— Vincent Cheng in That we may dream again, published 2009 by Ethos Books, edited by Fong Hoe Fang,
Cheng, who had trained as a priest, committed himself to working for migrant workers and domestic helpers.
In 1982, the Geyland Catholic Centre needed someone to help coordinate its various functions as a mediation centre fo runaway domestic helpers, an activity centre for young Malaysian workers, a halfway house for ex-prisoners and a counselling centre for troubled people. I took up the job and concentrated on the issues of migrant workers. These foreigners came to develop our economy, many leaving their homes at high personal and financial cost to take up lowly-paid jobs here which were shunned by the locals. They lived in substandard housing conditions and faced various restrictions on their personal and social life.
I remember the long bus journeys to Jurong which seemed so remote. So when the YCW asked me to take one of their English classes for factory workers – mostly Malaysian and young females – why did I agree? I felt I wanted to do something practical, I wanted to see for myself what factory workers were like, and I wanted to see Jurong, our largest industrial estate.
— Tang Lay Lee in That we may dream again, published 2009 by Ethos Books, edited by Fong Hoe Fang,
Such was the idealism of youth. Further on, she wrote,
I chatted, cooked, joked and laughed with the workers who came to the Centre for English classes, or games, or just to relax and socialise in the evenings and during weekends. We also had activities like Labour Day celebrations, labour discussions , outings and overseas holidays.
Knowing the law is one things, claiming workers’ rights is an entirely different ball game.
So anyone who thinks that it is easy to “instigate” workers to do what seems to right should have his head examined and his heart replaced. Well, the YCW was not involved involved in instigating workers, which would be disrespectful, dishonest and heartless.
One thing we did together was to organise a modest survey on the effects of the 12-hour shift and publish our findings and recommendations in the Catholic News. Workmen’s compensation was another issue workers were concerned about, so we organised volunteer lawyers to provide legal counselling and representation.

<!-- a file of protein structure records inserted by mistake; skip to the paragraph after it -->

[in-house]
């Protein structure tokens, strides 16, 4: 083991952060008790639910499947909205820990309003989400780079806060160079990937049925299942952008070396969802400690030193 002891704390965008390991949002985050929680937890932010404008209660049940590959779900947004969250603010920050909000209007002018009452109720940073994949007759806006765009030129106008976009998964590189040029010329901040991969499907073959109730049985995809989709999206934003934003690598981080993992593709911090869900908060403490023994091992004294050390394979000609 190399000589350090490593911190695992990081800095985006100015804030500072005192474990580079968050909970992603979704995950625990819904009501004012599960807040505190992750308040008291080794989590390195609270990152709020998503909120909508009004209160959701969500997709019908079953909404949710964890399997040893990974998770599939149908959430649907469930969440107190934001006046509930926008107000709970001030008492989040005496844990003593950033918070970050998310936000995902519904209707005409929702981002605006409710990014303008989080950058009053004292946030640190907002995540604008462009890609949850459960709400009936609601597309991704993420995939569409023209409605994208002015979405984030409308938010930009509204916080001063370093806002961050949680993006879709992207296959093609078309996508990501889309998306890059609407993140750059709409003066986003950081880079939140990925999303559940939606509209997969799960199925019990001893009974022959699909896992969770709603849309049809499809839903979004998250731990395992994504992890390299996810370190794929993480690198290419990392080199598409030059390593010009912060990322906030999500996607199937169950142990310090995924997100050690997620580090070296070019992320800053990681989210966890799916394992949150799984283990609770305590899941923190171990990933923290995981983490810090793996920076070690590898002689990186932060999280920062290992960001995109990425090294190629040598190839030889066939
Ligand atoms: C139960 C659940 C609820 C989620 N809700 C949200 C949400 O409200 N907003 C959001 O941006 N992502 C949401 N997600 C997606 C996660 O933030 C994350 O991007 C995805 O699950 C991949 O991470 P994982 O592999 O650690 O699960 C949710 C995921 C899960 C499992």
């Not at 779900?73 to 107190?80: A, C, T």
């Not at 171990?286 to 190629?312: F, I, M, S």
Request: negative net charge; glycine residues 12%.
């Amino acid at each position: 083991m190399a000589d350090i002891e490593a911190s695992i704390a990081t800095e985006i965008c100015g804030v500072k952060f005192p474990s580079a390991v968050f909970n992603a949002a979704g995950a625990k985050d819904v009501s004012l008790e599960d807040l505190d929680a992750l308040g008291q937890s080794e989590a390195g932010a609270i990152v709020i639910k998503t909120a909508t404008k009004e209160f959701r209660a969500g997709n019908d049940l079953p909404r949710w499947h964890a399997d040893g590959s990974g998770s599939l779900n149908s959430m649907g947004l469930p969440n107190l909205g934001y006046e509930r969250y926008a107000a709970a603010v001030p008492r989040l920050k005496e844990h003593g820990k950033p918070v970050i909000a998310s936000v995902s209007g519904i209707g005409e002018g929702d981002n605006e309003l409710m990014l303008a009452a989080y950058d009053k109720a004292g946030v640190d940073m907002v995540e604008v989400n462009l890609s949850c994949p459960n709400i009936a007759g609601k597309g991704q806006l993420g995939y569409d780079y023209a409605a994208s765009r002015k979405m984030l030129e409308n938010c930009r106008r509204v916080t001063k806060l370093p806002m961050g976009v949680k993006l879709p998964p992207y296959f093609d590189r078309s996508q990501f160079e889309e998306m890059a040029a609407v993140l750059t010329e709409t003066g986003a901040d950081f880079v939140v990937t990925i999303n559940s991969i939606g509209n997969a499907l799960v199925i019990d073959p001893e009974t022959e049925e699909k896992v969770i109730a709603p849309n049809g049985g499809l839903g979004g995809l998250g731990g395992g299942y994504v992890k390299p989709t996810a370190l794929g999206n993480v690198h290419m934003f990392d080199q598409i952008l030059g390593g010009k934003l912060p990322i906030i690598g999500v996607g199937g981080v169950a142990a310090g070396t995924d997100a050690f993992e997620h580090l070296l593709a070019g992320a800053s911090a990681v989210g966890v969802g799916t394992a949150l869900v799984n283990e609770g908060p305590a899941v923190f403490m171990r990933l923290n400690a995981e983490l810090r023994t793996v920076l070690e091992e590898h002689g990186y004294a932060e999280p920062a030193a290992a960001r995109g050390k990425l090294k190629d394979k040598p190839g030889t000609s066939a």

My guess is that most younger readers of Yawning Bread would find all the above to be news to them. Was that all they were doing? And they got detained under the ISA and subsequently tortured, for that?
The horror of such heavy-handedness may be one reason why Singapore’s political conversation in the years since has avoided discussing these arrests. It’s as if we have been so traumatised by these events, we suffer a collective amnesia and mental block.
Our mainstream media, naturally, cannot delve far into it either. The problem is that the injustice is to stark, and official explanation so ridiculous, there is no credible way for journalists with any shred of integrity to revisit this story without poking huge holes in the government’s case.
As my friend Russell Heng pointed out at the forum, by the late 1980s, Marxism was in terminal decline. The Soviet Union was on the verge of collapse, workers in Poland — the same workers that Marxism and communism claimed to champion — were demonstrating under the banner of Solidarnosc against the communist state, while in China, Deng Xiaoping had buried Mao-Tse-tung thought and opened Special Economic Zones for capitalists. Did Lee Kuan Yew really think that labelling Vincent Cheng et al “Marxists” would convince anybody?
In my view, it didn’t. That being the case, how does anyone — journalists, academics, etc — discuss this case without drawing attention to the absurdity, and thus the likelihood of illegal abuse of power, at its very heart? Yet, accusing the government of abuse of power is fraught with risk. Hence, talking about it became a kind of taboo for 22 years since.
* * * * *
The irony is, Martyn See said, non-government organisations today, such as TWC2 and HOME, are doing ten times more than what those early activists did for migrant workers. Indeed, it seems to me that people Like Bridget Lew, Jolovan Wham and Stephanie Chok are far more outspoken than any of those lay Catholics in the 1980s.
Heng, who is active in TWC2, reckoned that many of the younger volunteers would know very little of the 1987 detainees and their work history. Today’s young volunteers go about their work driven by their own idealism.
If that is so, I asked, shouldn’t we let forgetfulness stand? Why recall the details of 1987 and 1988 and scare a new generation away? Why not let the young beat a new path blissfully unaware of the pain suffered by others?
Because those who are unaware of history may end up repeating it? suggested See.
I don’t know if history is programmed to repeat itself. Our government leaders change too, and old instincts to crack down on the slightest attempt by anyone to pursue an agenda not to the government’s liking, may not stay the same. Or am I wrong?